The chief executive officer of ExxonMobil said Wednesday that, in spite of Idaho conservationists' successful efforts to hinder his company's plans to haul mega-loads of oil equipments across U.S. Highway 12, the first phase of his Kearl Oil Sands Project in Alberta, Canada, is nearing completion and all of his giant loads of equipment have finally made their way from South Korea to Canada.
In early 2010, BW first began telling you about ExxonMobil's plans to move mega-loads across the Pacific Ocean, up the Columbia River, through the Port of Lewiston and slowly across Idaho highways hugging the Clearwater and Lochsa rivers. A group of citizens and activists began pushing back, taking big oil and the Idaho Department of Transportation through a series of legal tussles in front of District Courts, the Idaho Supreme Court and lengthy DOT hearings.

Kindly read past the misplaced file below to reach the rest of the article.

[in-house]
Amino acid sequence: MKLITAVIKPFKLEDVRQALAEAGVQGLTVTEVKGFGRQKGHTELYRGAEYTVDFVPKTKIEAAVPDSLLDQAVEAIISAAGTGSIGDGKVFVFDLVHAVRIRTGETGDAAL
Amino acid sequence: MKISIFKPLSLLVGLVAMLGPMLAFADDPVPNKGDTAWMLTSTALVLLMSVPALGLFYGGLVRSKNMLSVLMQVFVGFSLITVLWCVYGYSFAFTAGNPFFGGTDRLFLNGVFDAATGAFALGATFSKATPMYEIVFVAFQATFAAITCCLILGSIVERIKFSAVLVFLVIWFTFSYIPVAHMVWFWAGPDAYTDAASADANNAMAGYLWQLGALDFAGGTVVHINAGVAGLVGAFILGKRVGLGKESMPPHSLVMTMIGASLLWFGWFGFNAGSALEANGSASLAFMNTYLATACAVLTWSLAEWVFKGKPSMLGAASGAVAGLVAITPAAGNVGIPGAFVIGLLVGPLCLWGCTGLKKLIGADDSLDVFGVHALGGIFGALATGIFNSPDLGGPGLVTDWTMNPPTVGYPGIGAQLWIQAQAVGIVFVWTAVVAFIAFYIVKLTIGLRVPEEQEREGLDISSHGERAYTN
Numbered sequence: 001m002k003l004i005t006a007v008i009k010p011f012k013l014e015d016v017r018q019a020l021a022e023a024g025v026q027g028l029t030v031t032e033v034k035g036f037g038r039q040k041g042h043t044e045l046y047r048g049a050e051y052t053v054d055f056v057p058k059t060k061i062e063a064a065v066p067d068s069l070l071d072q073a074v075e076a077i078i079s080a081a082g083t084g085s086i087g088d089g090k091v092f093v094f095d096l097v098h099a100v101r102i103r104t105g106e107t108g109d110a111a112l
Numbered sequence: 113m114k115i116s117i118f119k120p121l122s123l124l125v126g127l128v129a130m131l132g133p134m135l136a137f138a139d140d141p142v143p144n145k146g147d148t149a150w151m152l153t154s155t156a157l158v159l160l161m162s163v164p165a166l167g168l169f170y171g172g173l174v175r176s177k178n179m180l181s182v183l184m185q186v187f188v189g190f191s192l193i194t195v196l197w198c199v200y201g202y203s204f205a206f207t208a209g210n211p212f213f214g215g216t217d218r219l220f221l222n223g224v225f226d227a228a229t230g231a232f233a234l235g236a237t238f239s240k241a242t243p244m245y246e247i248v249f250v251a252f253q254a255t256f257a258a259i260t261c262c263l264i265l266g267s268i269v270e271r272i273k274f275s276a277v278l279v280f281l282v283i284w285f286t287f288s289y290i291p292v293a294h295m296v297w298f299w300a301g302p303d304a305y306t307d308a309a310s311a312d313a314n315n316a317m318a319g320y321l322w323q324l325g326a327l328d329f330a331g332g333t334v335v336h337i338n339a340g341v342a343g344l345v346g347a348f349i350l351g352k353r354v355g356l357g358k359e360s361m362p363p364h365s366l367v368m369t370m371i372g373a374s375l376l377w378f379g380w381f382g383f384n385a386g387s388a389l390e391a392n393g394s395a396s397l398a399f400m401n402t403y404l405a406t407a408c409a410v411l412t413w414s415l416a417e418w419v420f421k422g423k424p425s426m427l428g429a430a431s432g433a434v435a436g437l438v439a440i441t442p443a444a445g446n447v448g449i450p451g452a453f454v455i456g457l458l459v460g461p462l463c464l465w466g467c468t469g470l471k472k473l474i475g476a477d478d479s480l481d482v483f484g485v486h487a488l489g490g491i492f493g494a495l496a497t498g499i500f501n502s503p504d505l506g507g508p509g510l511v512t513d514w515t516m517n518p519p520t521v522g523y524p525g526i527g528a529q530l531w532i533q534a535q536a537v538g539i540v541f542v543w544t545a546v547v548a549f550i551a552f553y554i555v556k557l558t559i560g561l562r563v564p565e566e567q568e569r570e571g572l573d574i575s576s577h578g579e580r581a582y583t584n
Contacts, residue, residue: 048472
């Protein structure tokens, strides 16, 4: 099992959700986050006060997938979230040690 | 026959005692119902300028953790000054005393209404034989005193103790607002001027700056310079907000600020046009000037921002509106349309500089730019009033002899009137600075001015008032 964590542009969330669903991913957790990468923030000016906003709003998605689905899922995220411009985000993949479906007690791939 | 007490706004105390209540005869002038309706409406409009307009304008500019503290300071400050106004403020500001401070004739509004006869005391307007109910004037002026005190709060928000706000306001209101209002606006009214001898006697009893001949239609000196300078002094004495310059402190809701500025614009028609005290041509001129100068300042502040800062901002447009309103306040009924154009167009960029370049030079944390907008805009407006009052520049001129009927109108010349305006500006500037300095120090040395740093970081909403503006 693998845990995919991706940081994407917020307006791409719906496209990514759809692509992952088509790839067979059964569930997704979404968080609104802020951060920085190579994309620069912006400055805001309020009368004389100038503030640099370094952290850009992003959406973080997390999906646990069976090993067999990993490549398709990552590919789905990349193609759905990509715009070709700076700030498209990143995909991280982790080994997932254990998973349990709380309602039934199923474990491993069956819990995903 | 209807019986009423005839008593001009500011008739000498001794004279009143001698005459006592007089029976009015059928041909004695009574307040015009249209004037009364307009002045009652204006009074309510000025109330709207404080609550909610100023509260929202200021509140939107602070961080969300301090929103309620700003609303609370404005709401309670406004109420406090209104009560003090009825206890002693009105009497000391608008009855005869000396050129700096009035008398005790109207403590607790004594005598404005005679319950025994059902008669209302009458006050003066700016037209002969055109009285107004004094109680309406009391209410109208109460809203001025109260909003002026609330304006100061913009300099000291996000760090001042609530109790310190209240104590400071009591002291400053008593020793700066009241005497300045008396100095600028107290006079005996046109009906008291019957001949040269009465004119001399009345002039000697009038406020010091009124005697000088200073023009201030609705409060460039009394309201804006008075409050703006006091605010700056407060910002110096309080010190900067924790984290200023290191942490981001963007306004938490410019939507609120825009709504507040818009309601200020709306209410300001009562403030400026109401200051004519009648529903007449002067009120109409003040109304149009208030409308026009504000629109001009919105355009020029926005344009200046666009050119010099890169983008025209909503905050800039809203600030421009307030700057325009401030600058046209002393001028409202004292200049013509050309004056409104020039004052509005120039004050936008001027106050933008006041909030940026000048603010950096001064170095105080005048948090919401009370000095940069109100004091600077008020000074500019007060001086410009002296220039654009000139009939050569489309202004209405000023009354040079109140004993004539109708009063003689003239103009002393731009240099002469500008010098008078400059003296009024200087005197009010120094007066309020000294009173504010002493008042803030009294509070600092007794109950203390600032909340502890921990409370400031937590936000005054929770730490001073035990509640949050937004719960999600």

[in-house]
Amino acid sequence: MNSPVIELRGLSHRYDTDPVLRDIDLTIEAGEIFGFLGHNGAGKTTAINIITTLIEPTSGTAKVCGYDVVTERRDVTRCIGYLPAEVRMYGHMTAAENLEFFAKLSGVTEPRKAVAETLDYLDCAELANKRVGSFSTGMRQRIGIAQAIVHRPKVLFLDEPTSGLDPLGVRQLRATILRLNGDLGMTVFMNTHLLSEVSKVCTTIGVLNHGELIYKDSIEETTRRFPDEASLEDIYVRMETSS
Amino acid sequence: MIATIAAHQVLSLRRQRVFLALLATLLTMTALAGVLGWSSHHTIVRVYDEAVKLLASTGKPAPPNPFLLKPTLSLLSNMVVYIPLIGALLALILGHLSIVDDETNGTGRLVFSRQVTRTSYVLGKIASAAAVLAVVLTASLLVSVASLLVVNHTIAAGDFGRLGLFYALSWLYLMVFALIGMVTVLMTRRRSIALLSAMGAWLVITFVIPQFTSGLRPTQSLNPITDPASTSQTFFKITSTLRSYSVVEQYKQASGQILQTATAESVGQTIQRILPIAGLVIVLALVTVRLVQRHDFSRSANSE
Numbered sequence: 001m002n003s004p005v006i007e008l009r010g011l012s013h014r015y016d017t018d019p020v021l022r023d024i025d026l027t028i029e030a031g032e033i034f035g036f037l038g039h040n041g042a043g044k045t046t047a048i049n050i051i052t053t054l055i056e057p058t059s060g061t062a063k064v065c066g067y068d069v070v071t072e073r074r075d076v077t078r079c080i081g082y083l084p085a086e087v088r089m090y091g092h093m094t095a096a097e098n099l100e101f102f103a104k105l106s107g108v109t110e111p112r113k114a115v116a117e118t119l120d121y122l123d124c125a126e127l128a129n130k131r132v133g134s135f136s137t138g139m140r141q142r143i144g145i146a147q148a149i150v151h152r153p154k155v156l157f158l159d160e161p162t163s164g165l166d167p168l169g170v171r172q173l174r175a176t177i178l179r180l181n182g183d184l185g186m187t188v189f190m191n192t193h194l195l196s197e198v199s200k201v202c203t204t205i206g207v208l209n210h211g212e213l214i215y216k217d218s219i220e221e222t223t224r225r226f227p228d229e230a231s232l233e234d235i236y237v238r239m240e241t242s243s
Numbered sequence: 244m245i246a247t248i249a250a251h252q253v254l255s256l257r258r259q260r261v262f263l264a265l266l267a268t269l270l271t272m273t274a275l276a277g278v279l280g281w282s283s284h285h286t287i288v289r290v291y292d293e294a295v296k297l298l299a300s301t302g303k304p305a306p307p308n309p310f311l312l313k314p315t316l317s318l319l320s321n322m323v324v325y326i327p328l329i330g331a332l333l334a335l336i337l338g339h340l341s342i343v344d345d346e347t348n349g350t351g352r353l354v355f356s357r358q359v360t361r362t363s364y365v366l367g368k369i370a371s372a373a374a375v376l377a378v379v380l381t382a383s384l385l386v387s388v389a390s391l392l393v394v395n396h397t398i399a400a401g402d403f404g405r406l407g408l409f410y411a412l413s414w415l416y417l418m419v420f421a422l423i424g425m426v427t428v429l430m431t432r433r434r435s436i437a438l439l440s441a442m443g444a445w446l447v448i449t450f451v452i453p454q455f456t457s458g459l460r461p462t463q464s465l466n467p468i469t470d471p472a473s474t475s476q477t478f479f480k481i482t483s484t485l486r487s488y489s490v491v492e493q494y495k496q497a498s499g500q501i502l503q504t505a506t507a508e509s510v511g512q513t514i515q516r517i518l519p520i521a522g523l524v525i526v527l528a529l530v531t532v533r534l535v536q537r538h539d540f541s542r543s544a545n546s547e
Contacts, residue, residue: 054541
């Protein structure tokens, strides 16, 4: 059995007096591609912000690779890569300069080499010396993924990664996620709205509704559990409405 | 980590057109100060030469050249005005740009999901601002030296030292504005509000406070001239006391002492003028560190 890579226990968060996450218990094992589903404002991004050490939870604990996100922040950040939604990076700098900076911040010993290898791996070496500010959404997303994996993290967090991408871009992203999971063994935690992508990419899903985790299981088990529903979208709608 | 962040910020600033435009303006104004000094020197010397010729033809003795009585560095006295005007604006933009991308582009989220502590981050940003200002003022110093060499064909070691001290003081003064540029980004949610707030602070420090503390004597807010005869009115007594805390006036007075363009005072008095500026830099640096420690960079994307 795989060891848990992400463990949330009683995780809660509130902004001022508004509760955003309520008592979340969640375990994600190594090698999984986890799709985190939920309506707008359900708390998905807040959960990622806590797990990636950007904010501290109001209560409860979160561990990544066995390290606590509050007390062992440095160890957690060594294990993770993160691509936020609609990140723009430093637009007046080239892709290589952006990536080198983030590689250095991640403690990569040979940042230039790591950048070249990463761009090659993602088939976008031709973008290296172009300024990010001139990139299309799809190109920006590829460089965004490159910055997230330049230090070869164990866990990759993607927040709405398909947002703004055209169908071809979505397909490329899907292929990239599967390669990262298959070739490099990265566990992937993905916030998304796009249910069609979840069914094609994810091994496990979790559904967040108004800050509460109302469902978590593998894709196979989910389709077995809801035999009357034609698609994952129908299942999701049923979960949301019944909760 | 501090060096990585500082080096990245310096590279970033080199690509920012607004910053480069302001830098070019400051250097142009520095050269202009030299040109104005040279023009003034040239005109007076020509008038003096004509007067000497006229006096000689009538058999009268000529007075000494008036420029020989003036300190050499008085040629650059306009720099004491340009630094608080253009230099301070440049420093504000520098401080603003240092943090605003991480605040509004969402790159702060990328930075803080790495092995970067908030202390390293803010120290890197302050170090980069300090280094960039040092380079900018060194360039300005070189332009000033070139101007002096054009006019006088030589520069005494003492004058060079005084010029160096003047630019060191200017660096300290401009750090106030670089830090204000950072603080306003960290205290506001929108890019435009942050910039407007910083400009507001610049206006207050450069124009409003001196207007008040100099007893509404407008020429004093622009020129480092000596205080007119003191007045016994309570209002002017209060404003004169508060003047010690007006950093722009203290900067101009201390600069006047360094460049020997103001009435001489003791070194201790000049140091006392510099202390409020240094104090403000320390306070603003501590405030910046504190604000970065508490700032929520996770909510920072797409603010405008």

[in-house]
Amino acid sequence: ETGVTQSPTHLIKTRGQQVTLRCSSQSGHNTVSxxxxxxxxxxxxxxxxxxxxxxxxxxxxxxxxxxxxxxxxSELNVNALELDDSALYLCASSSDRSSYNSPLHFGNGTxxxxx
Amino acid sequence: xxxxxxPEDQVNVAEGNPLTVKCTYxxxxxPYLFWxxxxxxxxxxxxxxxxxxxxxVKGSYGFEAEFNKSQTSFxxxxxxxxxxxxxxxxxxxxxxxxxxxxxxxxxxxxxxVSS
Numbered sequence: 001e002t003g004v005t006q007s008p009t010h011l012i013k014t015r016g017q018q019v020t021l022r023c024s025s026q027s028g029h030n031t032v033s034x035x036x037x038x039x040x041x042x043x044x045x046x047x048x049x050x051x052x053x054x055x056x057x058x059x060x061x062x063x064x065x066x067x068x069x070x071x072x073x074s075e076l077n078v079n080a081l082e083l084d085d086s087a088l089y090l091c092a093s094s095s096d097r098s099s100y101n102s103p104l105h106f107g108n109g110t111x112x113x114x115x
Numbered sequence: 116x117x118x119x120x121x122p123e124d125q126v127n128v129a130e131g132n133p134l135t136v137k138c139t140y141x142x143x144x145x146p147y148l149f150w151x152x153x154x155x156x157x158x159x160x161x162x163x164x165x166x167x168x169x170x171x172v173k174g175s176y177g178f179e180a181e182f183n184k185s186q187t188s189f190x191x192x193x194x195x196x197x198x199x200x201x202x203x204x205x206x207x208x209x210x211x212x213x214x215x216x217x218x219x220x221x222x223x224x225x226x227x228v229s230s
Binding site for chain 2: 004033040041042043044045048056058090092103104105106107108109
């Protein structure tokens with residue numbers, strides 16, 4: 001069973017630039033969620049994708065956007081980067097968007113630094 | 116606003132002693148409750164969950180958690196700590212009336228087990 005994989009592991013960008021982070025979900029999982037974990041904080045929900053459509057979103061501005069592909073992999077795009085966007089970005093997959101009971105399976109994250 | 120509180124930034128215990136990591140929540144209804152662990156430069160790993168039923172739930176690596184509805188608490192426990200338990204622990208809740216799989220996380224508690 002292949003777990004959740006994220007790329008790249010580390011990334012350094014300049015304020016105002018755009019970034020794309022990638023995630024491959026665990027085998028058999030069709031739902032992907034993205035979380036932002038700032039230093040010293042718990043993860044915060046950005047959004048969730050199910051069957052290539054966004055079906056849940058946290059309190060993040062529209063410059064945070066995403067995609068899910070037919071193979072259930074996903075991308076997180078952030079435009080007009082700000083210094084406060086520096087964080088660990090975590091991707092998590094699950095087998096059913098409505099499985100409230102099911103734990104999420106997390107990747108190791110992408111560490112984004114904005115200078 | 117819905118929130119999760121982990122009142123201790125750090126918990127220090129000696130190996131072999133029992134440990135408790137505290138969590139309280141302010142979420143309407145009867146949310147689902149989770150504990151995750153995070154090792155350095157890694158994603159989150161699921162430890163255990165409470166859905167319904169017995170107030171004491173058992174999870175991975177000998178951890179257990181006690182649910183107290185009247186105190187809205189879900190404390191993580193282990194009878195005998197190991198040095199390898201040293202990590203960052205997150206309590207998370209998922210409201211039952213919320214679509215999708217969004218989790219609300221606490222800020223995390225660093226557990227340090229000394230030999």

Eventually, ExxonMobil gave up its initial plans and began breaking down the giant rigs into scaled-down versions of mega-loads so that they could take an alternate route, along Highway 95 through Lewiston, Moscow and Coeur d'Alene before heading east and north to the Kearl Oil Sands Project.
ExxomMobil CEO Bruce March told the TD Securities Energy Conference on Wednesday that his $10.9-billion mine is now 92 percent complete and on track to start up later this year.
For the next $8.9-billion phase of Kearl, which is set to start up in 2015, March said ExxonMobil has set aside space at fabrication yards in Edmonton, Alberta, to construct the modules.
Longer term, ExxonMobil is eyeing a property just south of Kearl called Aspen for a possible new project that will use high-pressure steam pumped deep underground, instead of open-pit mining, to extract the bitumen.